Just to get back to the idea of low-cost examples, you will likely run into problems coming up with a constant supply of shark teeth if you tie yourself to particular genera and species.  Back in the 90's a friend taught 5th grade in Orange County, CA and her husband was a mineral/fossil dealer.  Her budget for science materials was $50 for the whole school year.  Fortunately, her husband made it his mission to find extra stuff for her class.  I used to make displays with 8 x 12 Riker Mounts.  I think I made two different ones of Oligocene mammal teeth, jaw sections, and bones from the Badlands of SD, NE, and WY.  There are a few of those animals that are very cheap and are substantial enough to get a kid's attention, the Oligocene being a time when many modern mammal orders were becoming more significant members of their faunas around the world.

 

By that time in my own collecting, I was primarily a shark tooth collector so I made one of "sharks through time" display as well using extras from my collection.  I also made one for my uncle so cousins would have something for science class.  I wanted the displays to have a decent amount of diversity (all seven modern orders represented plus the two ray orders plus a few extinct ones) with the goal to sample different parts of the world across the evolution of sharks.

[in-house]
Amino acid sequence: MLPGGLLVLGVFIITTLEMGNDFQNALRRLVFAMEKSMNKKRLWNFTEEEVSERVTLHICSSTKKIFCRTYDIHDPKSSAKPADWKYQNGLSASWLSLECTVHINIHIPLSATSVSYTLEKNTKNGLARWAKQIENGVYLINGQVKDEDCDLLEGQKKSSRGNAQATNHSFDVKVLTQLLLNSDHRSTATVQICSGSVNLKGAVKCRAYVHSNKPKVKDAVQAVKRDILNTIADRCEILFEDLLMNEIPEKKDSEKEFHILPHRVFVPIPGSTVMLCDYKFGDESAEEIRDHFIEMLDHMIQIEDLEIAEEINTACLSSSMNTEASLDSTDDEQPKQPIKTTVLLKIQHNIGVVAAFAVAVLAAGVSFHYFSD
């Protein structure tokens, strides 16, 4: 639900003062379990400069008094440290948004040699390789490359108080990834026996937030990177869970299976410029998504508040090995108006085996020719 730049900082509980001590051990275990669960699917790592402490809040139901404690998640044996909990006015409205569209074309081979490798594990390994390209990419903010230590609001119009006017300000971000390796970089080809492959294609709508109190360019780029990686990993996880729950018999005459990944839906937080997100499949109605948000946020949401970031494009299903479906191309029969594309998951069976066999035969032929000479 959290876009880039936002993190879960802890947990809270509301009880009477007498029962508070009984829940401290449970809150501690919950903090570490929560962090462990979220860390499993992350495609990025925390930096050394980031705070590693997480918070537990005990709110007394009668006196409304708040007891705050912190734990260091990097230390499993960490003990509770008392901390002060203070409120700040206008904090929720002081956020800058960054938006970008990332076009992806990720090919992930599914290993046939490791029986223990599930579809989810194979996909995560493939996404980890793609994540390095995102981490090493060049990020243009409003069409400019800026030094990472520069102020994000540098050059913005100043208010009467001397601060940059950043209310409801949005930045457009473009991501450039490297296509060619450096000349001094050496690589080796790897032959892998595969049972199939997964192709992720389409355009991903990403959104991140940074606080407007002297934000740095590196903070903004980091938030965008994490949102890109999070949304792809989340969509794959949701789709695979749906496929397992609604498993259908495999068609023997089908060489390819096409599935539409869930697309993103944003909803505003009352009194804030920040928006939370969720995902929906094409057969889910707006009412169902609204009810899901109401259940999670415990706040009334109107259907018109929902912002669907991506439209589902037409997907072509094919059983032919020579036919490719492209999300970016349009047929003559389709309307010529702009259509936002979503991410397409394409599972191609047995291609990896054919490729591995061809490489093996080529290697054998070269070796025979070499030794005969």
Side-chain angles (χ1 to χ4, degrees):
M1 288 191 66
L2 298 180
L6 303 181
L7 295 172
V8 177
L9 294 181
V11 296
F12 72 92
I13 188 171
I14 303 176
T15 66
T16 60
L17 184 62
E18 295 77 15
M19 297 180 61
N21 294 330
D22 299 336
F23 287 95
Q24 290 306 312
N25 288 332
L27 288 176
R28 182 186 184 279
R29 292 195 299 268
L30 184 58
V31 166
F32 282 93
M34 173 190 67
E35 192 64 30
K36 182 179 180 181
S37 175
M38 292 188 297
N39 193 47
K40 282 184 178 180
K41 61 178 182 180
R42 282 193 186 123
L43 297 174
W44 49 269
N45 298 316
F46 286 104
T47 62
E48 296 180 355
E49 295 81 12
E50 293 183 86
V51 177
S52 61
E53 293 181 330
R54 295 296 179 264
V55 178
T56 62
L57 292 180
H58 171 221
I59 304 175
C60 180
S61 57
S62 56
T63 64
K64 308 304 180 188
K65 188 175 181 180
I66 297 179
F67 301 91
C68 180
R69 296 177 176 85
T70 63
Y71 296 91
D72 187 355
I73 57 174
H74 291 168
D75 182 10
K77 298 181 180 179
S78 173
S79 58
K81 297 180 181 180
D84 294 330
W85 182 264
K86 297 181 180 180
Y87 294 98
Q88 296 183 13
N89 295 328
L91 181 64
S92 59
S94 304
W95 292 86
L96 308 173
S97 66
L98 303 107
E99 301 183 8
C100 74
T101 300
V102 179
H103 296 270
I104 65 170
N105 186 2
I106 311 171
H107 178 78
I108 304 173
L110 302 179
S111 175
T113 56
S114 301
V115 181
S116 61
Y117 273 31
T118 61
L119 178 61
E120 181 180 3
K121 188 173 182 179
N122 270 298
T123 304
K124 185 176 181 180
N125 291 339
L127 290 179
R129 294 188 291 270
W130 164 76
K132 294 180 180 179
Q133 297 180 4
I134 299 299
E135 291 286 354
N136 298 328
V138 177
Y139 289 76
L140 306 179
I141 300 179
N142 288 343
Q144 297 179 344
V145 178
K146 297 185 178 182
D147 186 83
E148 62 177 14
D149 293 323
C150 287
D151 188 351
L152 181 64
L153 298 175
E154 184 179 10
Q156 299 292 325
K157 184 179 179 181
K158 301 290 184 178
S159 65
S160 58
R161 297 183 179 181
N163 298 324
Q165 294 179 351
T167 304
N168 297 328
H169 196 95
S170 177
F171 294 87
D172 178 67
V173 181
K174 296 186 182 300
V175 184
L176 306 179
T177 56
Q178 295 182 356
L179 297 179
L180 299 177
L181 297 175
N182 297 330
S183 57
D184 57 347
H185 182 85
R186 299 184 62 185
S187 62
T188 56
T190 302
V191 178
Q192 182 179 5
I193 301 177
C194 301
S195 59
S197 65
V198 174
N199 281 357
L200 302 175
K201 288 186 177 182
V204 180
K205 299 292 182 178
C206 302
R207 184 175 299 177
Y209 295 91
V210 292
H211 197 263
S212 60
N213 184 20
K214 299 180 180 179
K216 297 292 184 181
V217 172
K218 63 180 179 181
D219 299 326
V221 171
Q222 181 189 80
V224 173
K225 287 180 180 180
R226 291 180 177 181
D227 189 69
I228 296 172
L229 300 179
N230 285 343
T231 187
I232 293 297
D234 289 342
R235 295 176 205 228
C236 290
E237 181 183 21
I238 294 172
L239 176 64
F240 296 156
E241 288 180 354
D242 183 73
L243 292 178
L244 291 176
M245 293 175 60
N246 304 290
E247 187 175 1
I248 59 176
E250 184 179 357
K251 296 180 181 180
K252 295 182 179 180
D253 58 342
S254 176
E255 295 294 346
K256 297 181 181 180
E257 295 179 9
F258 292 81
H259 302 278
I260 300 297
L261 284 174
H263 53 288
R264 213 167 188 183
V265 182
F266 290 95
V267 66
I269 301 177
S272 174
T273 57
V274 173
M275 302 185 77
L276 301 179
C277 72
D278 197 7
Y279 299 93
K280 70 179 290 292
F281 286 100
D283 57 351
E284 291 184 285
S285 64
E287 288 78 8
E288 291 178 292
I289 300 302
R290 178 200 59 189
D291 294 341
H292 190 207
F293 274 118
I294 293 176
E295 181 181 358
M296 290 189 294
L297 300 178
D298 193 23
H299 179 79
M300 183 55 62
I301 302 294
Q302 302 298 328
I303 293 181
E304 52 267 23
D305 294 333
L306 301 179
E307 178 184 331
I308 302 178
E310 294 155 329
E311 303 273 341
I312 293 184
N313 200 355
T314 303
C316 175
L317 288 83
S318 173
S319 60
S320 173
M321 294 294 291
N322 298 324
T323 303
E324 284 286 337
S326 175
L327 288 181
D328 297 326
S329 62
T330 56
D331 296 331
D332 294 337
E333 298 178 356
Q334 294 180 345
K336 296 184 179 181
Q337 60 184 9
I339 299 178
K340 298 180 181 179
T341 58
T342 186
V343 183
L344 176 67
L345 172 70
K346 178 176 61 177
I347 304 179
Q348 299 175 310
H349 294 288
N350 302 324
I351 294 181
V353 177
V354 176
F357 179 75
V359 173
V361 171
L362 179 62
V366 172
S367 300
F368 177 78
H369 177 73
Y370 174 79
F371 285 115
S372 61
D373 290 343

What you run into is it's difficult to find cheap Paleozoic teeth that are also complete enough to see how different or similar they are to Mesozoic or Cenozoic teeth especially if you want to give some away and then there's also loss and breakage in the classroom.  For the Paleozoic I found these to be the low-cost examples I could replace: